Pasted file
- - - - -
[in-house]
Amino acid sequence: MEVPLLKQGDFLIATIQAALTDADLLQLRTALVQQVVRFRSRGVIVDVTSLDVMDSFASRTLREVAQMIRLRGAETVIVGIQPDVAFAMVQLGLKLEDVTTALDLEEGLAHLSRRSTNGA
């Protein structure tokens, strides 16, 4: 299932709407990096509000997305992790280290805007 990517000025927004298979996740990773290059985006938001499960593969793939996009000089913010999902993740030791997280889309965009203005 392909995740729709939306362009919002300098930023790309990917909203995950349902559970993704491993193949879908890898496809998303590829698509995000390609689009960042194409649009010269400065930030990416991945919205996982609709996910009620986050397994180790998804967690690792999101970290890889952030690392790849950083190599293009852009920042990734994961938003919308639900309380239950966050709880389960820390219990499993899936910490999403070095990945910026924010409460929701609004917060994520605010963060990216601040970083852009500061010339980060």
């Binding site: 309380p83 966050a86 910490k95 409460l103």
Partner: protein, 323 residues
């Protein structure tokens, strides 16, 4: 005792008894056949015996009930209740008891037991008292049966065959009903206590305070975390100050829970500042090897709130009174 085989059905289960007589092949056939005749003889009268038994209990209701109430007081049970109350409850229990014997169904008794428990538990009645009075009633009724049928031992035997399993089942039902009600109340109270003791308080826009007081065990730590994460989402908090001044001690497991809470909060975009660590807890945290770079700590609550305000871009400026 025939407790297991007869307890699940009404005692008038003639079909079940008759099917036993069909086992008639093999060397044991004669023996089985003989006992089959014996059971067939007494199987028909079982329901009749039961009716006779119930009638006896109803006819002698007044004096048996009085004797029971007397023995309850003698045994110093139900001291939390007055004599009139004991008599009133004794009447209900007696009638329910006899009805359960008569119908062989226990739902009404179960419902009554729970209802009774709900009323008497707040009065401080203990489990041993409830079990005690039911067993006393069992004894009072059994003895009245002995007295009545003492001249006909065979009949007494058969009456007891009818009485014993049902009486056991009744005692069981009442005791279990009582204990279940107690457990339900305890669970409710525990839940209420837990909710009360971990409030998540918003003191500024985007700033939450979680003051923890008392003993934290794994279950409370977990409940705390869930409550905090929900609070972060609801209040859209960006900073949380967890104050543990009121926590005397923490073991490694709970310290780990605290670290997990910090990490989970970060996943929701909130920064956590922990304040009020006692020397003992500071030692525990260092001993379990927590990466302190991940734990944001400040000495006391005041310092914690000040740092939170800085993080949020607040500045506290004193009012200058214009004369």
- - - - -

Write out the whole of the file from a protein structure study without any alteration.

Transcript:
[in-house]
Amino acid sequence: MEVPLLKQGDFLIATIQAALTDADLLQLRTALVQQVVRFRSRGVIVDVTSLDVMDSFASRTLREVAQMIRLRGAETVIVGIQPDVAFAMVQLGLKLEDVTTALDLEEGLAHLSRRSTNGA
């Protein structure tokens, strides 16, 4: 299932709407990096509000997305992790280290805007 990517000025927004298979996740990773290059985006938001499960593969793939996009000089913010999902993740030791997280889309965009203005 392909995740729709939306362009919002300098930023790309990917909203995950349902559970993704491993193949879908890898496809998303590829698509995000390609689009960042194409649009010269400065930030990416991945919205996982609709996910009620986050397994180790998804967690690792999101970290890889952030690392790849950083190599293009852009920042990734994961938003919308639900309380239950966050709880389960820390219990499993899936910490999403070095990945910026924010409460929701609004917060994520605010963060990216601040970083852009500061010339980060």
């Binding site: 309380p83 966050a86 910490k95 409460l103």
Partner: protein, 323 residues
């Protein structure tokens, strides 16, 4: 005792008894056949015996009930209740008891037991008292049966065959009903206590305070975390100050829970500042090897709130009174 085989059905289960007589092949056939005749003889009268038994209990209701109430007081049970109350409850229990014997169904008794428990538990009645009075009633009724049928031992035997399993089942039902009600109340109270003791308080826009007081065990730590994460989402908090001044001690497991809470909060975009660590807890945290770079700590609550305000871009400026 025939407790297991007869307890699940009404005692008038003639079909079940008759099917036993069909086992008639093999060397044991004669023996089985003989006992089959014996059971067939007494199987028909079982329901009749039961009716006779119930009638006896109803006819002698007044004096048996009085004797029971007397023995309850003698045994110093139900001291939390007055004599009139004991008599009133004794009447209900007696009638329910006899009805359960008569119908062989226990739902009404179960419902009554729970209802009774709900009323008497707040009065401080203990489990041993409830079990005690039911067993006393069992004894009072059994003895009245002995007295009545003492001249006909065979009949007494058969009456007891009818009485014993049902009486056991009744005692069981009442005791279990009582204990279940107690457990339900305890669970409710525990839940209420837990909710009360971990409030998540918003003191500024985007700033939450979680003051923890008392003993934290794994279950409370977990409940705390869930409550905090929900609070972060609801209040859209960006900073949380967890104050543990009121926590005397923490073991490694709970310290780990605290670290997990910090990490989970970060996943929701909130920064956590922990304040009020006692020397003992500071030692525990260092001993379990927590990466302190991940734990944001400040000495006391005041310092914690000040740092939170800085993080949020607040500045506290004193009012200058214009004369």